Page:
Throughout the inspection, we took account of what people told us and how the provider understood and complied with the Mental Capacity Act 2005.

The main service provided by this hospital was surgery. Where our findings on surgery – for example, management arrangements will also apply to other services, we do not repeat the information but cross-refer to the surgery core service.

Services we rate

Our rating of this hospital/service stayed the same. We rated it as Requires improvement overall.

We found the following issues that the service provider needs to improve:

  • Not all risk assessments were completed effectively in line with the hospital policy. All consultants are required to complete the venous thromboembolism (VTE) decision box, following assessment, to ensure that patients at risk are identified and appropriately treated
  • In the diagnostic imaging service, processes were not in place to ensure quality testing programmes were completed and that diagnostic reference levels were created and monitored.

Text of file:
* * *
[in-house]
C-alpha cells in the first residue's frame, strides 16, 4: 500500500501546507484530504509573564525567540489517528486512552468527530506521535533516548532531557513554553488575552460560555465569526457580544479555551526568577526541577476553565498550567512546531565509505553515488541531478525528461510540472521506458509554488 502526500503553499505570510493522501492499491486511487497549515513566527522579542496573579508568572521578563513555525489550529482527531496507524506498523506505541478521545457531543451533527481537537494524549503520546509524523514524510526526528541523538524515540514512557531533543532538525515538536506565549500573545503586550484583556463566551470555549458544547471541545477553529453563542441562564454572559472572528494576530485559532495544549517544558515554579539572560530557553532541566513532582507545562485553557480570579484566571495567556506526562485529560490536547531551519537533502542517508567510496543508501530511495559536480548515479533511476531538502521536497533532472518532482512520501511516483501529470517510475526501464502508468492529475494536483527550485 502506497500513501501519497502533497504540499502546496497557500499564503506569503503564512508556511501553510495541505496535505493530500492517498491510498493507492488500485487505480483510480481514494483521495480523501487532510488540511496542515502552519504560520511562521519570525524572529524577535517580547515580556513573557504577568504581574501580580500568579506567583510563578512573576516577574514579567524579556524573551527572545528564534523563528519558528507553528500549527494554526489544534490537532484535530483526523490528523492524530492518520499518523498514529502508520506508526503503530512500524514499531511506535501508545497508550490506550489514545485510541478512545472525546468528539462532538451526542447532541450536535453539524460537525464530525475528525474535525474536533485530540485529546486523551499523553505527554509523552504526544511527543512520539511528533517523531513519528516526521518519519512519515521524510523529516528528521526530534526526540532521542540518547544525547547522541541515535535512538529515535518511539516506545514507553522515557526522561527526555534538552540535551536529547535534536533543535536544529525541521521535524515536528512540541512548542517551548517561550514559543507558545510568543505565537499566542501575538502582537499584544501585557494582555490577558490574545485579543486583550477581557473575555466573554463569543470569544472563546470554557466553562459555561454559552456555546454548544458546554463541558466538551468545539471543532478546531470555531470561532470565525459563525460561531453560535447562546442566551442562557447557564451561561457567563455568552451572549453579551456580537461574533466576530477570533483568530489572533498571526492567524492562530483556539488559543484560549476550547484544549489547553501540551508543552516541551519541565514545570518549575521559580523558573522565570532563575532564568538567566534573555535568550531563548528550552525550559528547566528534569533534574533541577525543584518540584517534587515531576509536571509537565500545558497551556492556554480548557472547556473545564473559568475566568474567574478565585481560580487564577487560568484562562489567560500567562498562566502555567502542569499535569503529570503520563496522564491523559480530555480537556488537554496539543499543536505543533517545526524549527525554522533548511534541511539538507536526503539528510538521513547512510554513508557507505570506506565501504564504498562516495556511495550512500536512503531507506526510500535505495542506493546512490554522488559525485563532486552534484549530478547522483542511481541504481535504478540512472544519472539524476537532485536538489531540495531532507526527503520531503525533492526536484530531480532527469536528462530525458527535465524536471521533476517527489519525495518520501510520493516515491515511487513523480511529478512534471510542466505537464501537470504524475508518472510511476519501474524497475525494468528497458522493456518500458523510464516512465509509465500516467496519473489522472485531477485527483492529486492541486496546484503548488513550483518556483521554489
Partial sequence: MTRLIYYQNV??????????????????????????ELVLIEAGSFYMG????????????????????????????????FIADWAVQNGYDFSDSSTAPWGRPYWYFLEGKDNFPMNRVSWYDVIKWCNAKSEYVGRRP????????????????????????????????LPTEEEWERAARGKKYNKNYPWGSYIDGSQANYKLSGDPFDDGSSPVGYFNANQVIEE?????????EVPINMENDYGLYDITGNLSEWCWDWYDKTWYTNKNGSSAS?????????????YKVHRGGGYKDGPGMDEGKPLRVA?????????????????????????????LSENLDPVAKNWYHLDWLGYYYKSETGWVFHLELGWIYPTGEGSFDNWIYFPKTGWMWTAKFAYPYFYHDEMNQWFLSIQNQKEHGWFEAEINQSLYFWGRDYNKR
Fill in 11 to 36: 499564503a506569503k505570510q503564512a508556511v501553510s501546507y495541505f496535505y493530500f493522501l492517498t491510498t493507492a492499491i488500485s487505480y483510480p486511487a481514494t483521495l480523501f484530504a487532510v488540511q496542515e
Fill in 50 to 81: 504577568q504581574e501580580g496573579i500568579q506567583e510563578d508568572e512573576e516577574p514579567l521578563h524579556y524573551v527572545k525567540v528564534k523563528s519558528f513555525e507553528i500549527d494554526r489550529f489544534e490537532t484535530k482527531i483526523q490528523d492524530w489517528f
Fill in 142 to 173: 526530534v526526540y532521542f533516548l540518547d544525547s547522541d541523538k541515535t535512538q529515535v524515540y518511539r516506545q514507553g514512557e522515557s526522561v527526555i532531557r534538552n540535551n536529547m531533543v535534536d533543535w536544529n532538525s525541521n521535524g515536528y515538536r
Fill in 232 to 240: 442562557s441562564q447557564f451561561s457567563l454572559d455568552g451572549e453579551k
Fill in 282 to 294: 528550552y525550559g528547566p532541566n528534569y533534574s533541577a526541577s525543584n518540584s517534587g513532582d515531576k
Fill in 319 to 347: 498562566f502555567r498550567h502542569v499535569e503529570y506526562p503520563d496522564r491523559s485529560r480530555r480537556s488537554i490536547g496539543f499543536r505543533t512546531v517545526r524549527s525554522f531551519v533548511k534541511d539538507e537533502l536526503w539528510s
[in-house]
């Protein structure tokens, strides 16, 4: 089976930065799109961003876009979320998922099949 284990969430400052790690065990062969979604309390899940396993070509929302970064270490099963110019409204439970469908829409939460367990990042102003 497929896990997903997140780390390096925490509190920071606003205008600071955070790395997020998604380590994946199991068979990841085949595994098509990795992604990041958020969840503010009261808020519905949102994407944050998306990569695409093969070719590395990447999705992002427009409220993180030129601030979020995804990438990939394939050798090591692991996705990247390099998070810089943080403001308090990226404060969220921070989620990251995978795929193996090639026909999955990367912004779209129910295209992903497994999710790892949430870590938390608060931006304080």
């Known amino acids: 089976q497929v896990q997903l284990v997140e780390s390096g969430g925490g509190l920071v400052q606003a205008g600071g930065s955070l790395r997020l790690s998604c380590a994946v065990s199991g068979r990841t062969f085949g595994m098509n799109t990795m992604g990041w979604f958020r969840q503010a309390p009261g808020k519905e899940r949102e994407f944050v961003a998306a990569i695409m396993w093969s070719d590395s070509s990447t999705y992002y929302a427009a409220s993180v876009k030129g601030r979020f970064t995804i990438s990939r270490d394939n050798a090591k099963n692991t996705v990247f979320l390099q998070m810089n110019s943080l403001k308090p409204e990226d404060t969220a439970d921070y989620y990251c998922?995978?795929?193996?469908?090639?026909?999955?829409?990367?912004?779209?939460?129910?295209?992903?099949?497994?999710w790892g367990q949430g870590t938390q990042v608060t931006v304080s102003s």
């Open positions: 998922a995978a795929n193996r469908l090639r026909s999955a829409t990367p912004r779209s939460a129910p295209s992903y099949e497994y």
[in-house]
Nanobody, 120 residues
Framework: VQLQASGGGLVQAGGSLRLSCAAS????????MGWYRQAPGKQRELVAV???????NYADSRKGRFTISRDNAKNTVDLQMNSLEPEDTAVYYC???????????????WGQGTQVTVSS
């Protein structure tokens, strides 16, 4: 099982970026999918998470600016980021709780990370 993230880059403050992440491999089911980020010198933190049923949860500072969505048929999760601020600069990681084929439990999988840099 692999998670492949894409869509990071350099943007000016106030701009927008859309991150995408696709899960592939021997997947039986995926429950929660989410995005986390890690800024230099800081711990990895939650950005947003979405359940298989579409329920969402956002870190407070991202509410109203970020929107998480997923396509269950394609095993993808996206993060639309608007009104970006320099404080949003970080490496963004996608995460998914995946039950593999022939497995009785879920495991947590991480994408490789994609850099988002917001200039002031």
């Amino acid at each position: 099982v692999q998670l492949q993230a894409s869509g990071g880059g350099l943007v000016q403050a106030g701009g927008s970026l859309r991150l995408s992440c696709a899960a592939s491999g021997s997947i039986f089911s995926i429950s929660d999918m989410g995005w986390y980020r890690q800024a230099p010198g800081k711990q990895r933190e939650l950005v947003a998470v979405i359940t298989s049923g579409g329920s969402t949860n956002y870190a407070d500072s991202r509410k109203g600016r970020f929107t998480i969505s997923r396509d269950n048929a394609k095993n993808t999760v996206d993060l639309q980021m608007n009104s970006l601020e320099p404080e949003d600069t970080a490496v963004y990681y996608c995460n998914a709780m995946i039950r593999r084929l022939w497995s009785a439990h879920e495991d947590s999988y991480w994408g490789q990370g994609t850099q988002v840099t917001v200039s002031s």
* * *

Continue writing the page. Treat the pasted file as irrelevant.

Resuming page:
• Clinical audits were not completed within the diagnostic imaging service.
  • Outstanding recommendations following external audits within the diagnostic imaging service required completion and review.
  • Appraisal reviews and mandatory training compliance for some staff was below the hospital target.
  • Regular reviews of the backlog of NHS patient record coding to promote assurance that future obligations are met.
  • Ensure that sinks and taps conform to Health Building Note 00-10 ‘Part C Sanitary Assemblies’, in clinical areas to allow correct hand hygiene practices.
  • The World Health Organisation’ five steps to safer surgery’ checklist for all surgical procedures carried out in the operating theatres were not always completed within all operative specialties.